If the devil were real, I imagine this is how he would operate: by lurking in the background and relying on the power of suggestion. Actual evil pulses through Here Comes the Devil: in the dead-eyed children that return to Felix and Sol, in the extreme measures these parents take to protect their children, and in the even more extreme measures Sol takes when she must protect herself. Perversion of innocence and the destructiveness of sexótwo of the devilís favorite hobbiesórecur throughout as well. The daughterís disappearance (into an obvious vaginal cave) coincides with her first period, while her parentsí roadside tryst is laden with dirty talk about their own early sexual experiences. A maniac threatens to hack the two lesbians to death after sex, thus confirming Satan conforms to slasher movie standards (though one can argue that the genreís tendency to punish sex is some puritanical, hellfire-and-brimstone shit in the first place).
Itís appropriate, then, that the rocky, arid wastelands looming in the distance is something of an anti-Eden, or, at the very least, the Garden by way of the Twilight Zone. From here, the devil operates and manipulates, spreading his influence and seemingly punishing women specifically. Every woman in the story is subjected to some sense of sexual shaming, with the daughterís period essentially functioning as the inciting incident. Eveís curse is literalized into a destructive burden that consumes everyone in the film. It feels a little unseemly and narrow-minded that the women here are indirectly responsible for Satanís presence, but I wonder if that isnít the point. In some ways, Here Comes the Devil confrontational in its insinuation that men canít confront female sexuality without lashing outóSatan included, apparently.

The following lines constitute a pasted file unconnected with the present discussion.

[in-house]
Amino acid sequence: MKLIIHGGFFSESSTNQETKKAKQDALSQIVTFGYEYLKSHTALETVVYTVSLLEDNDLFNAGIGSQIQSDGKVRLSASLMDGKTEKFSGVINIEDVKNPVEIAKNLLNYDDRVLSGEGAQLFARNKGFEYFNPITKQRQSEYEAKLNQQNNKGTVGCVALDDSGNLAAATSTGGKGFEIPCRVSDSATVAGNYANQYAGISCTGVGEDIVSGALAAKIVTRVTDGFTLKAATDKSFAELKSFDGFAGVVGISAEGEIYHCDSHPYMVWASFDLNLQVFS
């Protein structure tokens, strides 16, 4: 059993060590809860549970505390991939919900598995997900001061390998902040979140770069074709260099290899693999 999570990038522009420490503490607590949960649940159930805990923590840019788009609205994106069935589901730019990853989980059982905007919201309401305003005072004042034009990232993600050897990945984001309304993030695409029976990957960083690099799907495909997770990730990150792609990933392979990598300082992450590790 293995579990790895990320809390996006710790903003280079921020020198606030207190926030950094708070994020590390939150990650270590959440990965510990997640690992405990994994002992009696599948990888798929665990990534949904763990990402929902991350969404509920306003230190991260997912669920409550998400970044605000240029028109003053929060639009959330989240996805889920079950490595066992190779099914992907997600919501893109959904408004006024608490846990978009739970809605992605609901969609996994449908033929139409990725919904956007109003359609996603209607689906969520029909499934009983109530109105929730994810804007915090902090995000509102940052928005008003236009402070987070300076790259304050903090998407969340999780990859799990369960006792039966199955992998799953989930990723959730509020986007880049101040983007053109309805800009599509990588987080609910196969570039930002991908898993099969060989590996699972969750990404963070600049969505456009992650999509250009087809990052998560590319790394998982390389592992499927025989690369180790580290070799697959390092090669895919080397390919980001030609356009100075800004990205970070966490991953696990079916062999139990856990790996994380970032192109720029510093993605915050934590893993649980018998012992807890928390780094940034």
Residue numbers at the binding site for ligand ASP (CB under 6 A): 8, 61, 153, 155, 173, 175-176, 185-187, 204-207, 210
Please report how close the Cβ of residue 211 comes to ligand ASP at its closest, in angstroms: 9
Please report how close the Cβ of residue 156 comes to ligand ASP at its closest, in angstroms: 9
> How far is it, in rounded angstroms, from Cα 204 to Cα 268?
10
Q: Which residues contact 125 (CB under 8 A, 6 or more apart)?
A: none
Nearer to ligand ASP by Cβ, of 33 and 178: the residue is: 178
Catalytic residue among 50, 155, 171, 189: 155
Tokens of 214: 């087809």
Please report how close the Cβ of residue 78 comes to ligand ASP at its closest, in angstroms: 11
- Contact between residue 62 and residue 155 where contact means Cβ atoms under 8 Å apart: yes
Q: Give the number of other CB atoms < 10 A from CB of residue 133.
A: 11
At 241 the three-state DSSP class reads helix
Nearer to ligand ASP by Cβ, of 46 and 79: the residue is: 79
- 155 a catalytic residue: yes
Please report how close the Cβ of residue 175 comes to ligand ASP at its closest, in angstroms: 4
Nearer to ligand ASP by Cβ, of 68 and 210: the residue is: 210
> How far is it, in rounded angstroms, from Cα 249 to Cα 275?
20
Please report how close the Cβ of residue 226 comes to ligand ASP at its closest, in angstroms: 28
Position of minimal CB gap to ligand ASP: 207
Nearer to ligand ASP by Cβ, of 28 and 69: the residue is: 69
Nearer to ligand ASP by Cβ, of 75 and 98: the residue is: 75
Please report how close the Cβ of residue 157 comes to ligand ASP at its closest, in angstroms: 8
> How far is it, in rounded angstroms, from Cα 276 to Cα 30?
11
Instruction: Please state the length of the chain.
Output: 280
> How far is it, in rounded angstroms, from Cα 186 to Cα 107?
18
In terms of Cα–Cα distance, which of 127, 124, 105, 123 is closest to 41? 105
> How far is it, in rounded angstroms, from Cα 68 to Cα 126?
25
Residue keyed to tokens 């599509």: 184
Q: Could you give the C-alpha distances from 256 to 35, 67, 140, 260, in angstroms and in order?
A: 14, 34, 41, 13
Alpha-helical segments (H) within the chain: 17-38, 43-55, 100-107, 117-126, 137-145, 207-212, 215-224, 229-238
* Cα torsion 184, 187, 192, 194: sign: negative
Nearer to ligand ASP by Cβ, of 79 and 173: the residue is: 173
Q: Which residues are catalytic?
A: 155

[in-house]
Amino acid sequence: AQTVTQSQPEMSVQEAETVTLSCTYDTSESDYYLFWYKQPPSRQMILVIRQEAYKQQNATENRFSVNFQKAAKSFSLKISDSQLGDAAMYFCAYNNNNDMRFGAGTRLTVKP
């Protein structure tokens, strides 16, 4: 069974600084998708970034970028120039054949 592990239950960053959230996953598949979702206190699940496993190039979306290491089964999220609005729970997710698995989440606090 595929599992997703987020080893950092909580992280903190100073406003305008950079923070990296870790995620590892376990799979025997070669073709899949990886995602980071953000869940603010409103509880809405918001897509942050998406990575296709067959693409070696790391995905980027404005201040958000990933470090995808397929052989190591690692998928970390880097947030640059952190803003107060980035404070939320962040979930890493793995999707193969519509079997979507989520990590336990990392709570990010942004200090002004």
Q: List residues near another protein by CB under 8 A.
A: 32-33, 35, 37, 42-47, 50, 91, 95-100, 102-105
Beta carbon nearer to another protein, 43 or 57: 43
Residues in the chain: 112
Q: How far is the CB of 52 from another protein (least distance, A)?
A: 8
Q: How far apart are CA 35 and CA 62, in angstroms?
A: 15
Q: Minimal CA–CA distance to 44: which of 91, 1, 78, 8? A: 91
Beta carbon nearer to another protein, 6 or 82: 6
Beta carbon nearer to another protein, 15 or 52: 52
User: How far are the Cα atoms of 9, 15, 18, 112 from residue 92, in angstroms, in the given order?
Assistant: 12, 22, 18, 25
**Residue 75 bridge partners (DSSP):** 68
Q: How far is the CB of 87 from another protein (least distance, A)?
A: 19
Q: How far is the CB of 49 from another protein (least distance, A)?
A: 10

Once Sol becomes the filmís anchor, itís clear the film sympathizes with her. After his roundabout tour through various genres and subplots, Bogliano comes round to vaguely exploring institutionalized misogyny. While he doesnít fully flesh these musings out and sometimes undercuts them with an over-reliance on the male gaze, he and Caro (making a remarkable feature film debut) paint a compelling figure in Sol, who is left to bear the burden of motherhood alone as her husband acquits himself to be quite the unfeeling dipshit. Her struggle leads heróand her familyóto dark places; she must face figurative and literal abysses that continually spit her back out as a twisted shade of herself. For all its scattershot aim, Here Comes the Devil eventually focuses on familiar territory: the gradual, heartbreaking collapse of a woman meeting an evil that overwhelms her. Maybe itís time we start wondering why the devil's hoofprints have settled into this path so often. Rent it!